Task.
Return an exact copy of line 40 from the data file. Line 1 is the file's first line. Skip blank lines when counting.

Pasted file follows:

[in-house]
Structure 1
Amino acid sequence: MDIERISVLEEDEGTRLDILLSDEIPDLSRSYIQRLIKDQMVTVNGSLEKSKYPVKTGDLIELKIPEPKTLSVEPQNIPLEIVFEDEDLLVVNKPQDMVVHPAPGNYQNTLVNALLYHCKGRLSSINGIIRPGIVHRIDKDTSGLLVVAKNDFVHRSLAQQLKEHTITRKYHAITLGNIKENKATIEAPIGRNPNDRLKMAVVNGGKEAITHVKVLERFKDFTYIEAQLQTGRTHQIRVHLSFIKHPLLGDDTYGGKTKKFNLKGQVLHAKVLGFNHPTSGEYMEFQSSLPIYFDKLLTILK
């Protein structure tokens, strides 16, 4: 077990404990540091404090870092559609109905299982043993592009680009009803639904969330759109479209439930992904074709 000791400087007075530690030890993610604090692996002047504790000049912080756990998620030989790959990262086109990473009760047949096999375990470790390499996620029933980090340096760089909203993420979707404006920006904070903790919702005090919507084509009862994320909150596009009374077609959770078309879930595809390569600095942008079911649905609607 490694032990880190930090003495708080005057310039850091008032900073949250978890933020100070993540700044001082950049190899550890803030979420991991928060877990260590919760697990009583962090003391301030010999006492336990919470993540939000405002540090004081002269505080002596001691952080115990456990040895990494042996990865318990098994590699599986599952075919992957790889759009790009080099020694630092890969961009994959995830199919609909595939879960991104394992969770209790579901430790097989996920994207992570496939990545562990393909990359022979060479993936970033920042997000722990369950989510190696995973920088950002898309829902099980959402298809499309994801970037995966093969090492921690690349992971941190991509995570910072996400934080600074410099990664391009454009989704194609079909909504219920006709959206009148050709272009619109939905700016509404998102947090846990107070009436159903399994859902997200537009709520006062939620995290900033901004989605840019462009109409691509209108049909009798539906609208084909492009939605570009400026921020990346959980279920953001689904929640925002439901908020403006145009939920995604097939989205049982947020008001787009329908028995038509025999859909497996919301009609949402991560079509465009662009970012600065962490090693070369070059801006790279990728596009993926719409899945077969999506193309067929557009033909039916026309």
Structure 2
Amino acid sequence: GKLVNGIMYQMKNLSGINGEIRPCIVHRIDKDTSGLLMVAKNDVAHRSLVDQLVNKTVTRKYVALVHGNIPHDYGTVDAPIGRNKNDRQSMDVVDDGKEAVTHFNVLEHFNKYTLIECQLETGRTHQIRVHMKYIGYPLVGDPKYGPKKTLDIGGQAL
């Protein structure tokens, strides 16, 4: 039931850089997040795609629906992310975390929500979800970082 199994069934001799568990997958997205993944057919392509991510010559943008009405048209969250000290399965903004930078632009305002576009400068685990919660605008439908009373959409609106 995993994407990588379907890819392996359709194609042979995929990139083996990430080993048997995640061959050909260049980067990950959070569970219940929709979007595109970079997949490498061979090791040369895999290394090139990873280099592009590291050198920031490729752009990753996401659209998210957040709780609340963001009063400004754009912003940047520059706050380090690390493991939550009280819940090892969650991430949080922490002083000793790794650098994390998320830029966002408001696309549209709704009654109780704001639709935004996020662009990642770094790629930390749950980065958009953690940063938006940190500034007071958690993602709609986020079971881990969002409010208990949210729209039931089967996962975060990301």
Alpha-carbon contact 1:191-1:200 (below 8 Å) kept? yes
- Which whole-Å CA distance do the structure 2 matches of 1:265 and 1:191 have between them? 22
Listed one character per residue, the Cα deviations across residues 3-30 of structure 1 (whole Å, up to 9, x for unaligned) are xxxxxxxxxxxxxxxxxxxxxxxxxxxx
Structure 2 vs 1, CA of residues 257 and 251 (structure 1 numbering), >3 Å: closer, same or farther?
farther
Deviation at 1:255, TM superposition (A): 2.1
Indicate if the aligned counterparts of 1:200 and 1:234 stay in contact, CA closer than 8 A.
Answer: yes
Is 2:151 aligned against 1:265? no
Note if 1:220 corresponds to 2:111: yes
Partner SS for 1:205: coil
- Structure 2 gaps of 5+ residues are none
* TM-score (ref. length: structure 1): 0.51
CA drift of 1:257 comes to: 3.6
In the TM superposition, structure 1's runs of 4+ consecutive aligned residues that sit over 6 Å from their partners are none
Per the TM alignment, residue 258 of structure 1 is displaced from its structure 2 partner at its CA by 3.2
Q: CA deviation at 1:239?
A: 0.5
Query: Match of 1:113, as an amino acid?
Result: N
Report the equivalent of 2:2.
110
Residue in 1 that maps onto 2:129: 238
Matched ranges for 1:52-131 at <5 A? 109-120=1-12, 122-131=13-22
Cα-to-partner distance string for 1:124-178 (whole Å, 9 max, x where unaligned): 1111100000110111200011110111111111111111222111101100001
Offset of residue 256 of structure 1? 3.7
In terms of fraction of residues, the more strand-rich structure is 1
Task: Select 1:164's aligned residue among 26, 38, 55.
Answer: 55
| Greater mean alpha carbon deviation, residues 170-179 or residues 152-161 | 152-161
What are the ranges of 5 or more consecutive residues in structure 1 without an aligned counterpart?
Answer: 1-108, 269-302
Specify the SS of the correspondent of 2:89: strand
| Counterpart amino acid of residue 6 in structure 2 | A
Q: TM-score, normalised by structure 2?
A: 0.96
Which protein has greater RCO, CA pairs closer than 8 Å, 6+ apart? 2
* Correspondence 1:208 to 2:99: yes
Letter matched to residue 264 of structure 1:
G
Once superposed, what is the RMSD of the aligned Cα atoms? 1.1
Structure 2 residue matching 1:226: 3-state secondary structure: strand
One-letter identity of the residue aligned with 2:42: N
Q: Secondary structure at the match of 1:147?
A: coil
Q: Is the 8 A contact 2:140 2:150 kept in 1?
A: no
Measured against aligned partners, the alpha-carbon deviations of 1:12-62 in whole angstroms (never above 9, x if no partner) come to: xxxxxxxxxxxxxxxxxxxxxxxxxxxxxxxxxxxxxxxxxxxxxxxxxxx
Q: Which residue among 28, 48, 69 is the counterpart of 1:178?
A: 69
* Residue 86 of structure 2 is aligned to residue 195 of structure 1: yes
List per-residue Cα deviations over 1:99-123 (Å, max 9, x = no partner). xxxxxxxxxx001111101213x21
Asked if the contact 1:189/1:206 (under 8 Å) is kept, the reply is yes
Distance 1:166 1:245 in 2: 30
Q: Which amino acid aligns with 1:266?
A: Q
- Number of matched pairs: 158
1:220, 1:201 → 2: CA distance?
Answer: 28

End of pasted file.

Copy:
Specify the SS of the correspondent of 2:89: strand